In the Sept. 28 JAMA (subscription only) Leonard Rubenstein, Christian Pross, Frank Davidoff,and Vincent Iacopino discuss the policies issued in June by the Department of Defense regarding participation by medical personnel in interrogations. As the authors put it:
The new guidelines are troubling, however, because they do not come to terms with the participation of physicians and other health care professionals in officially authorized interrogation practices that are absolutely prohibited by international human rights law, the Third Geneva Convention, and US military and domestic law that criminalizes torture, including psychological torture.
Indeed. The American Medical Association endorses standards first established by the World Medical Association, prohibiting physicians from any role in "torture or cruel, human or degrading treatment." There are corresponding UN principles. Physicians may not use their knowledge and skills to assist in interrogations, or to certify people as physically capable of withstanding ill treatment.
Well, if they work for the Department of Defense, they can. According to Rubenstein et al,
Under the DoD guidelines, the proscription against participation in any activity other than to evaluate, protect, or improve the physical and mental health of detainees applies only to health care personnel who are actively engaged in clinical treatment of detainees. A recent review of medical care of detainees ordered by the DoD and conducted by the office of the US Army surgeon general affirmed, pending further review, that psychiatrists and other physicians who do not provide clinical care can participate in the interrogation process. . . .
[T]he DoD guidelines allow physicians to “assist in the interrogation of detainees” and to participate in the certification of the fitness for treatment or punishment so long as it is in accordance with “applicable law.” . . . [O]ne of the hallmarks of current US interrogation policy has been reinterpretation of the Geneva Conventions, the Convention Against Torture, and US domestic criminal law against torture to permit aggressive interrogation techniques that previously have been understood to constitute torture or ill treatment. In an inquiry into allegations by US Federal Bureau of Investigation (FBI) agents regarding abuse of detainees at the Guantanamo Bay facility, Lt Gen Randall Schmidt determined that the following interrogation techniques were considered by the DoD to be humane and permitted by its interpretation of law: isolation for more than 5 months, sleep deprivation lasting 48 to 54 days during which interrogation took place 18 to 20 hours per day, degradation, sexual humiliation, military dogs to instill fear, and exposure to extremes of heat and cold and loud noise for long periods—and combinations of these techniques.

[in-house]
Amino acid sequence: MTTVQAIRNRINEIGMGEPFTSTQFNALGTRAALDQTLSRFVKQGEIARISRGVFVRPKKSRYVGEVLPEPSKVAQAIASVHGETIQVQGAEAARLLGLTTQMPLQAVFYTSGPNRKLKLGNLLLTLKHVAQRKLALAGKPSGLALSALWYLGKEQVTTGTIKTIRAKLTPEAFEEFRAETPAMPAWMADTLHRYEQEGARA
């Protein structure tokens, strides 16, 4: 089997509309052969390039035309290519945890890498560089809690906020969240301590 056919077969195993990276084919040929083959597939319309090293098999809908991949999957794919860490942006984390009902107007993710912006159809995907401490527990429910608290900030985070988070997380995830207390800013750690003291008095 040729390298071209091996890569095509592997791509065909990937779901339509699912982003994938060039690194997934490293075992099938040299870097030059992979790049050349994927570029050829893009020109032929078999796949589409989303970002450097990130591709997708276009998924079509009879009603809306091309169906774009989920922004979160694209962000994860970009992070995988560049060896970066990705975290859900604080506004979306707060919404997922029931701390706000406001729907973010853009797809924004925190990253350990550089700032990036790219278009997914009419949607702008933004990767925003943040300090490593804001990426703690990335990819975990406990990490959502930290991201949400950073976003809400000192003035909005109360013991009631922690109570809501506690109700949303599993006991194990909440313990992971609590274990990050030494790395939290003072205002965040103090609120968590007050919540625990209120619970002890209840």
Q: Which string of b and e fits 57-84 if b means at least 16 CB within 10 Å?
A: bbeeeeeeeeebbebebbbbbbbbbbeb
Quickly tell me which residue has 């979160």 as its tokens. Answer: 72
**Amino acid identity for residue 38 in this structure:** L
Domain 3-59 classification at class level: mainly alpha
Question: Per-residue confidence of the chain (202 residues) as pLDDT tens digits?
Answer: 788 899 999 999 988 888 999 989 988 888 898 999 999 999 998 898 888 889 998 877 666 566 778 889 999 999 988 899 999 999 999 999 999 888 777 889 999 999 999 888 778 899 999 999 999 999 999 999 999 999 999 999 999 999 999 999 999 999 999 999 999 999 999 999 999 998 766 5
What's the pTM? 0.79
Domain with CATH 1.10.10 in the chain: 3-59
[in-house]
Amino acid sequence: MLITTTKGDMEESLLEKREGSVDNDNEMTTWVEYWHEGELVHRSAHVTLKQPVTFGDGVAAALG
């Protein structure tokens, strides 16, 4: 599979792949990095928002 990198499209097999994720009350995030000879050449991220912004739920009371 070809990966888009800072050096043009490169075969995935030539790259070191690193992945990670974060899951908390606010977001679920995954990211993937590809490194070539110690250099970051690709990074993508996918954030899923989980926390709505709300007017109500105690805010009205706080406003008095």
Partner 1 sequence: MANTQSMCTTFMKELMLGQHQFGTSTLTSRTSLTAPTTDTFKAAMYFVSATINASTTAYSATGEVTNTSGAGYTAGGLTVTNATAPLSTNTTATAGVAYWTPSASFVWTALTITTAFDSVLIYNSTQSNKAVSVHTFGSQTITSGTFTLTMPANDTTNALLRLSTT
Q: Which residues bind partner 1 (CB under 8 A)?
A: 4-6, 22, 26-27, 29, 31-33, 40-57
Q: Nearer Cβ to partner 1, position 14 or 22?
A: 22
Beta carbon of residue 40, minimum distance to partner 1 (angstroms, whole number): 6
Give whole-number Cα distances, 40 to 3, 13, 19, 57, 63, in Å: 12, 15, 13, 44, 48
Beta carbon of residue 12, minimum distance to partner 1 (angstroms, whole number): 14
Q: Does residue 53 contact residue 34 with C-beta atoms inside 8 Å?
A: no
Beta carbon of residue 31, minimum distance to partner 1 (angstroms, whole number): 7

Now that sounds like torture to me. James Yee, the former military chaplain who was falsely accused of espionage, has written a book in which he alleges that Major General Geoffrey Miller and other officers encouraged the abuse of prisoners at Guantanamo. Miller was then sent to Iraq "“to review current Iraqi theater ability to rapidly exploit internees for actionable intelligence” and to review the arrangements at the US military prisons in Iraq," then placed in command of "detainee operations" in that country, with well-known results. He is now Assistant Chief of Staff for Installation Management, based at the Pentagon, while low-ranking soldiers who carried out his orders have been prosecuted. This year, Mr. Bush (whose portrait appears at the top of this page) threatened to veto the defense appropriations bill if it restricted his ability to continue to torture prisoners.
The policy of torturing prisoners in Iraq is still in effect, by all indications. Any medical personnel -- physicians, psychiatrists, nurses, medical corpsmen -- have a clear ethical duty not to participate in such practices, and to publicly report any incidents of which they gain knowledge. If they are ordered to participate, they have a clear ethical duty to refuse those orders. Let's see if any of them do.
Meanwhile, the responsibility for these crimes, ultimately, lies with the Commander in Chief. Who is a Christian.